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Category:    Home > Reviews > Drama > Mystery > A Perfect Fit

A Perfect Fit


Picture: C+     Sound: C+     Extras: C     Film: C+



Adrian Greiner (Cecil B. Demented, Hart’s War, The Devil Wears Prada) has been a recognizable character actor for years, but he really surprises as the none too well John in writer/director Ron Brown’s A Perfect Fit (2005) as he keeps having fantasies of murdering women and feeling betrayed by them.  What is in his past that is haunting him?  Was he ever well?  Is he so mentally unstable that he will act out (or act out again) the act of murder?  Will his new girlfriend (Leila Arcieri) be the next victim?


After meeting awkwardly in a series of bad blind dating Sarah (Arcieri) has been engaging in, they become interested in each other and John becomes obsessed by her and the possibilities of the relationship “making him well (again?)” because they could love each other and live happily ever after.  Instead of this being romantic on his part, it is about the possibilities of happiness and freedom, though he becomes increasingly inappropriate about this when visiting her parents.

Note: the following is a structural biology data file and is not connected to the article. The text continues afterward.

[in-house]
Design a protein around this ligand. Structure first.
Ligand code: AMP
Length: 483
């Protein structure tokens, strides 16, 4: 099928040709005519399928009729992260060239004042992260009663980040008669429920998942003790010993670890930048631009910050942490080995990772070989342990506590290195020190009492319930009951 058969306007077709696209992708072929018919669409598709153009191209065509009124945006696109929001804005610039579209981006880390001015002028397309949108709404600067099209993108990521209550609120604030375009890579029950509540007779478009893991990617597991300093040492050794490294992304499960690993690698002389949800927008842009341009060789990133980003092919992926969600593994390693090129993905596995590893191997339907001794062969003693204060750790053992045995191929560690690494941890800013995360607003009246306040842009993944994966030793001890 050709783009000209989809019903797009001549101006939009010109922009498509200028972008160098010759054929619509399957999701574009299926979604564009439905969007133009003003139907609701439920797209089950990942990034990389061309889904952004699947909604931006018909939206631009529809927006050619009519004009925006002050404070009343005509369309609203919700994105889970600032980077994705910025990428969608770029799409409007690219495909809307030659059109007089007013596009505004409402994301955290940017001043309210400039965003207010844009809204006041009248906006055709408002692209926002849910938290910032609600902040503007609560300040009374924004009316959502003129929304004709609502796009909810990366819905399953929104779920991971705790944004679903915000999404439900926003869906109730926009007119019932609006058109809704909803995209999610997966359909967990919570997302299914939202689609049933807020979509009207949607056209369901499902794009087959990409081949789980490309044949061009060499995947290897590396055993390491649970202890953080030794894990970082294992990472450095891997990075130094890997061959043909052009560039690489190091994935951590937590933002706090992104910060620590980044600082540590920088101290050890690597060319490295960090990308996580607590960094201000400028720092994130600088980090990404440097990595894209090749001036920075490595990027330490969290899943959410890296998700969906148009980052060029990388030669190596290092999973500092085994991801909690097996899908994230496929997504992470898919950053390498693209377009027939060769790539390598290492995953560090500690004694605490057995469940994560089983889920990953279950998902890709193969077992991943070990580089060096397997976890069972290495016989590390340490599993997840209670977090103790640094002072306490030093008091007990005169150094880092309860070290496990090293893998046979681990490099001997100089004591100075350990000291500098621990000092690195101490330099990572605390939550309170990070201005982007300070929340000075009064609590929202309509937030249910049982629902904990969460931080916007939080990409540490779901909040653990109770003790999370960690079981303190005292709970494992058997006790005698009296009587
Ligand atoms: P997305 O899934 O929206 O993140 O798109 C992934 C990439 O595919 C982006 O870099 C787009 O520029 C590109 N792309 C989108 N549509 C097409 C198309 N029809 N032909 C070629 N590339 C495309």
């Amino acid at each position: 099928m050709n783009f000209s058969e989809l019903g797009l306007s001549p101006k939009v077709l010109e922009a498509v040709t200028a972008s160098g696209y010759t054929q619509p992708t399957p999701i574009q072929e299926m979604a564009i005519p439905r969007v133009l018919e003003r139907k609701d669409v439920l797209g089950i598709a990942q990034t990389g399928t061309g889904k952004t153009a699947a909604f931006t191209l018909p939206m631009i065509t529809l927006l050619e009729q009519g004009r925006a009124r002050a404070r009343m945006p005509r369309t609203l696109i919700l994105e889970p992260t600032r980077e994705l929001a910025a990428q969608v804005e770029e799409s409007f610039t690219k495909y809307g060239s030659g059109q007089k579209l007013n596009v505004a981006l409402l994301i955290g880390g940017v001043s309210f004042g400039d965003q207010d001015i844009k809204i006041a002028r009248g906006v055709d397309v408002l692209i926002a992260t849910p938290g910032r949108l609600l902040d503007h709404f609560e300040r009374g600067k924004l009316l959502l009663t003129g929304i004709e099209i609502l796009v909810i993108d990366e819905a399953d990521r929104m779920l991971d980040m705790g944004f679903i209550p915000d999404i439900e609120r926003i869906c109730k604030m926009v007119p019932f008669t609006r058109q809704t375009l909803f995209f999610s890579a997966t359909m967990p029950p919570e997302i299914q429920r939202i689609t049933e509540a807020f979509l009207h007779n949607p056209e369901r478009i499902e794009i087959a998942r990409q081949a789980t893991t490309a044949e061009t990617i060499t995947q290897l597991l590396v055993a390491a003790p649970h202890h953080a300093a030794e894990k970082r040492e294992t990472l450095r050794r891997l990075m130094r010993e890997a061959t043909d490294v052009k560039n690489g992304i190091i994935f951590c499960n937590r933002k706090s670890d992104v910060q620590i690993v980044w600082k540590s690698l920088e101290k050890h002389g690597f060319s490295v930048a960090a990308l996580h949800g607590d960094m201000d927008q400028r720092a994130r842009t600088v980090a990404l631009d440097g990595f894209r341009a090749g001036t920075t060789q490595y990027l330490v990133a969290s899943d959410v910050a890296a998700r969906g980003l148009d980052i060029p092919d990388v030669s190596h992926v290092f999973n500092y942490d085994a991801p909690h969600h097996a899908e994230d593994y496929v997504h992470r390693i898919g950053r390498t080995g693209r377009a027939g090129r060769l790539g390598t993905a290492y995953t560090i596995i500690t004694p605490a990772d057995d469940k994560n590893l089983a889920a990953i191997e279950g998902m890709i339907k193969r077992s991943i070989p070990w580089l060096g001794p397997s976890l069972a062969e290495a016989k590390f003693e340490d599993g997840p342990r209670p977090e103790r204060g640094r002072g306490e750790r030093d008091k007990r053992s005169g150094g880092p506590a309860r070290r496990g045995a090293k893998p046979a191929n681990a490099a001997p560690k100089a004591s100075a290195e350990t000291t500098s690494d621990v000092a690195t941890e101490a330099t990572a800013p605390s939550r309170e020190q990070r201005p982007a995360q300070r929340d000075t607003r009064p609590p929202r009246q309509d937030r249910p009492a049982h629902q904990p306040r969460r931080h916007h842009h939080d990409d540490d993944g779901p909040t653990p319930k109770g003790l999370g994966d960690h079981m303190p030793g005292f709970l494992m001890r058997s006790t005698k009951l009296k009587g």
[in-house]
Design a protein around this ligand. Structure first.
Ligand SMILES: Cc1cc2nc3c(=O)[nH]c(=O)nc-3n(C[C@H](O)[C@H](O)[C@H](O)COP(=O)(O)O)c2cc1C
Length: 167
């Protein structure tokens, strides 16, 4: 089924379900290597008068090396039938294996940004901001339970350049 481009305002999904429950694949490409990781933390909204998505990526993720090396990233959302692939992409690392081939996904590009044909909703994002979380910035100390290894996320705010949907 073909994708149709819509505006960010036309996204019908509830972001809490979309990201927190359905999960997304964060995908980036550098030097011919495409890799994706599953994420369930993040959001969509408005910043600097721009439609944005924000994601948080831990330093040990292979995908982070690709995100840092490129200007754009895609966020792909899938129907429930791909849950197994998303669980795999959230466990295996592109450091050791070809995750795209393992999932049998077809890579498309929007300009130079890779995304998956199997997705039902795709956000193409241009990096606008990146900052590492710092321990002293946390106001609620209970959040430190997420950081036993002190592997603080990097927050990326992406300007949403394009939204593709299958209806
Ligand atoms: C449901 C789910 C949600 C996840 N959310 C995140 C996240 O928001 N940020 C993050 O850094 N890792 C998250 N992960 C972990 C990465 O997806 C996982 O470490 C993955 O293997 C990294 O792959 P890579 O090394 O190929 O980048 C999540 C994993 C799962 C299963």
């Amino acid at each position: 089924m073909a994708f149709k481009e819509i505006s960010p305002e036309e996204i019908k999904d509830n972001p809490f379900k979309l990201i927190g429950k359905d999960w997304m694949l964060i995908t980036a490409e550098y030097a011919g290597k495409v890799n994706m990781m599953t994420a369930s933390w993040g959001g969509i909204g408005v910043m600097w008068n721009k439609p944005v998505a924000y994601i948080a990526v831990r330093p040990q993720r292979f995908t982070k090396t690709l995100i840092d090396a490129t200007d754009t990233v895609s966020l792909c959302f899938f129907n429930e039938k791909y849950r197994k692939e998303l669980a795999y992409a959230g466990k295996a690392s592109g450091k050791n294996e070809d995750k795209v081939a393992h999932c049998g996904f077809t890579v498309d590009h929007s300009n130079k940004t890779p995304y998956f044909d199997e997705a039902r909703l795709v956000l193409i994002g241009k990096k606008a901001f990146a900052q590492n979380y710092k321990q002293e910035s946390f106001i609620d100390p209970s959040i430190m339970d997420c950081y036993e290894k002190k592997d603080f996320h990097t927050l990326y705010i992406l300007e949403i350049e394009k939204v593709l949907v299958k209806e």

Instead of doing the clichéd things most bad or inexperienced actors would do, Greiner is sly about the craziness of the behavior.  It is never showy, has surprisingly good judgments on his part about how far to go and when it comes to sexuality, is always about outrageousness without being about an infantilized sense of sex as in most films where the director and actor cannot separate the difference from “dry hump” dancing and XXX junk form real life.  As a result, this always feels real and is a mature work and Greiner shows he is a better actor than many may have thought.  The only problem comes in the script not going far enough and ending without really resolving other issues.  Still, it works better than most of its contemporaries because it takes mental illness and treats it as such instead of as an excuse to do another degrading, idiotic murder film.


The anamorphically enhanced 1.78 X 1 image has some edge enhancement that does not help the decent cinematography by Learnan Kahanov, which always has a pleasant sense of place, even when the situation turns ugly, which is counter to the clichéd approach of gutting out the color and making everything darker and rougher than it usually would be.  The Dolby Digital 2.0 Stereo has no surrounds, but dialogue is recorded well for an independent release, while Michael Montes’ score fits well.  Extras include text bios, original theatrical trailer, stills and a brief making of featurette.



-   Nicholas Sheffo


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